Pre-sales query - multiple Office versions

Add-in Express™ Support Service
That's what is more important than anything else

Pre-sales query - multiple Office versions
 
bpsmicro


Guest


I'm looking at Add-In Express as a time-saver as we port our existing C++ COM add-ins to a C#/.NET environment. I need to clarify a couple of things with respect to integration with multiple Office versions. Let's focus on Outlook for the moment...

So I need an add-in that works on Outlook 2000, 2002 and 2003 (and of course Outlook12 but we'll worry about that later). So far, it looks like ADX produces add-ins that work on all three Outlooks. My understanding is that you need to reference the separate Outlook PIAs in order to produce an add-in that a given version of Outlook will support (ie. an add-in referencing the Outlook2003 PIA will not load in OL2002, and vice-versa).
How does ADX deal with this? Does it provide three separate "builds" of the add-in for each Outlook version from the same source, or perhaps three separate "shims"?

To complicate matters a bit, while I need the add-in to work under all three OL versions, I also need it to access some OL2003-specific properties when it's running under OL2003. More to the point, when a customer is using our add-in with OL2003, certain features will get enabled that don't exist with the older versions. So just building with the OL2000 PIA won't do the trick as a "global" solution.

Comments?
Brad.
Posted 18 Nov, 2005 10:23:15 Top
Sergey Grischenko


Add-in Express team


Posts: 7228
Joined: 2004-07-05
Hi Brad.

My understanding is that you need to reference the separate Outlook PIAs in order to produce an add-in that a given version of Outlook will support (ie. an add-in referencing the Outlook2003 PIA will not load in OL2002, and vice-versa).

Not quite so. An add-in referencing the OL 2002 PIAs will work in Outlook 2003. To create an add-in that will work in all Outlook versions you need to use PIAs for Outlook 2000.

I'd like to note that Add-in Express traps all events of Outlook regardless of the PIAs version that you are using. If you want to use some OL2003-specific properties/methods, you can use the Invoke method of the Type class. It is due to the Invoke method that Add-in Express can work with any Office version without using PIAs at all.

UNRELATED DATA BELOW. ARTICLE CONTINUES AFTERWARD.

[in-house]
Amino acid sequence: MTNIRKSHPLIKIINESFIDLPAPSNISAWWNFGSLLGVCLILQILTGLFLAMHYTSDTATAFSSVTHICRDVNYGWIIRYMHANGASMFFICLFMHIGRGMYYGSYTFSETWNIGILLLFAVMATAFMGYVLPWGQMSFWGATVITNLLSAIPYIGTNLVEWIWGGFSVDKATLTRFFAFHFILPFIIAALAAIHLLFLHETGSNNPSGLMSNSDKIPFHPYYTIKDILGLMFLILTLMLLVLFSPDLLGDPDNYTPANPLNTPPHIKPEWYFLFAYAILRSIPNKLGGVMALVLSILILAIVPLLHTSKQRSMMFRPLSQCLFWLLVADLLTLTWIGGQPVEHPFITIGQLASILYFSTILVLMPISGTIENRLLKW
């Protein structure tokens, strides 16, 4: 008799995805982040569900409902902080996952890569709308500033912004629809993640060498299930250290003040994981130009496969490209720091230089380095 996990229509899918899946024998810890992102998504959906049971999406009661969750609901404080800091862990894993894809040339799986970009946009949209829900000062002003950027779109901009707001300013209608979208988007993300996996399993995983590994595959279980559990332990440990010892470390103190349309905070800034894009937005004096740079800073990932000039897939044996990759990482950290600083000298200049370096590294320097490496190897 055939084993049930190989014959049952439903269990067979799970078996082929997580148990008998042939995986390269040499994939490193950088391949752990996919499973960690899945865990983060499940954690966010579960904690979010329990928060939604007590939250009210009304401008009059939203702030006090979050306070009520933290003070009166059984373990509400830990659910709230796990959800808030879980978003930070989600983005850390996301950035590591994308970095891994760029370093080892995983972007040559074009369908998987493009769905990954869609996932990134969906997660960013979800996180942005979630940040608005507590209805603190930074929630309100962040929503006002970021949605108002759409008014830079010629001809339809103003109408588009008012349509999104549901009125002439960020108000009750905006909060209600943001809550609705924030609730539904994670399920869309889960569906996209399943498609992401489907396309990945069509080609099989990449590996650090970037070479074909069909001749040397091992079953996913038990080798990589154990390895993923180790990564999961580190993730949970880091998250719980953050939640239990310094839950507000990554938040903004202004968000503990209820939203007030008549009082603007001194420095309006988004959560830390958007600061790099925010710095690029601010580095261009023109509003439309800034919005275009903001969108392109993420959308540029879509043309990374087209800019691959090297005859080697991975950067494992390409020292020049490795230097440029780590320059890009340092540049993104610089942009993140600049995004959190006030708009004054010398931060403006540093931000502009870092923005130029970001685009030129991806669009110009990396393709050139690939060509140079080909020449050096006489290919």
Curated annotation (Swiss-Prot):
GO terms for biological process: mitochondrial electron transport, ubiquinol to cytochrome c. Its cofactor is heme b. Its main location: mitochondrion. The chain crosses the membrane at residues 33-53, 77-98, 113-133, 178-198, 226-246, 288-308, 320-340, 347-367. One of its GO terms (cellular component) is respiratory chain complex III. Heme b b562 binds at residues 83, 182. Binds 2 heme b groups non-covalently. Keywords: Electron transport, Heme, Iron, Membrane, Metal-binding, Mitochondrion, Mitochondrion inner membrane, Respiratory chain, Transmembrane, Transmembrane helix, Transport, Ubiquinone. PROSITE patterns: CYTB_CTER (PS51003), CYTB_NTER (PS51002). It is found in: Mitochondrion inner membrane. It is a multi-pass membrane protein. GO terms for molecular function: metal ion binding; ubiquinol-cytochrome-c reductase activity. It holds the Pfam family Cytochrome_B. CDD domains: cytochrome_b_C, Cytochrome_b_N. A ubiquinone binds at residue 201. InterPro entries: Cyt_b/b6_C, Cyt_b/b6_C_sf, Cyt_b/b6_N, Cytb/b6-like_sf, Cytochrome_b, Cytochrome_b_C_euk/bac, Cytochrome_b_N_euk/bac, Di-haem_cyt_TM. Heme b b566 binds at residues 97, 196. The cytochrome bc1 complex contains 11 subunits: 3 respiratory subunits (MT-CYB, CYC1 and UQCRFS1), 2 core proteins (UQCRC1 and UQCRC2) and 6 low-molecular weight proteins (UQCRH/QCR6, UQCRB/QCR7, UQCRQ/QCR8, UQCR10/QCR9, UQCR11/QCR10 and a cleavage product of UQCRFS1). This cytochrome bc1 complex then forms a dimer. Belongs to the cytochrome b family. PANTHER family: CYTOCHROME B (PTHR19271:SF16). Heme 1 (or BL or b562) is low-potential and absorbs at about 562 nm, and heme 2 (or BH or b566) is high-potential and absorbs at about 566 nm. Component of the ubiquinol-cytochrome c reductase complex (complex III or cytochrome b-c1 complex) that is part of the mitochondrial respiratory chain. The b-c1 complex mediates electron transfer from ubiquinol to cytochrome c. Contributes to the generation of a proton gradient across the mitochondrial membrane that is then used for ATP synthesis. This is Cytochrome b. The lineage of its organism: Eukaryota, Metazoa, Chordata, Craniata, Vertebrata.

Posted 18 Nov, 2005 10:49:07 Top
bpsmicro


Guest


Okay, I believe I understand what you're saying. Basically I build using the OL2000 PIA which gets me the multi-version compatability, and in those cases where I need OL2003-specific properties, I just Invoke directly.

Do you happen to have a code fragment (C# or VB.NET would be fine) that illustrates this, just so I'm crystal clear on the concept?

Thanks;
Brad.
Posted 18 Nov, 2005 10:52:48 Top
Sergey Grischenko


Add-in Express team


Posts: 7228
Joined: 2004-07-05
Brad, this is a fragment of the ADX code.

internal Microsoft.Office.Core._CommandBars GetAppCommandBars()
{
if (applicationType != ADXOfficeHostApp.ohaMapPoint)
{
try
{
if (applicationType == ADXOfficeHostApp.ohaOutlook)
{
object dispInspectors = null, dispExplorers = null, activeWindow = null;
try
{
dispExplorers = applicationObject.GetType().InvokeMember(
"Explorers",
BindingFlags.GetProperty, null, applicationObject, null);
dispInspectors = applicationObject.GetType().InvokeMember(
"Inspectors",
BindingFlags.GetProperty, null, applicationObject, null);
int inspectorsCount = 0, explorersCount = 0;
if (dispExplorers != null)
{
explorersCount = Convert.ToInt32(dispExplorers.GetType().InvokeMember(
"Count",
BindingFlags.GetProperty, null, dispExplorers, null));
}
if (dispInspectors != null)
{
inspectorsCount = Convert.ToInt32(dispInspectors.GetType().InvokeMember(
"Count",
BindingFlags.GetProperty, null, dispInspectors, null));
}
if (inspectorsCount > 0 || explorersCount > 0)
{
object dispCommandBars = null;
activeWindow = applicationObject.GetType().InvokeMember(
"ActiveWindow",
BindingFlags.GetProperty, null, applicationObject, null);
if (activeWindow != null)
{
dispCommandBars = activeWindow.GetType().InvokeMember(
"CommandBars",
BindingFlags.GetProperty, null, activeWindow, null);
if (dispCommandBars != null)
return (dispCommandBars as Microsoft.Office.Core._CommandBars);
}
}
}
finally
{
if (activeWindow != null)
Marshal.ReleaseComObject(activeWindow);
if (dispInspectors != null)
Marshal.ReleaseComObject(dispInspectors);
if (dispExplorers != null)
Marshal.ReleaseComObject(dispExplorers);
}
}
else
{
return applicationObject.GetType().InvokeMember("CommandBars", BindingFlags.GetProperty, null, applicationObject, null) as Microsoft.Office.Core._CommandBars;
}
}
catch
{
//DoError(this, e);
}
}
return null;
}
Posted 18 Nov, 2005 11:22:57 Top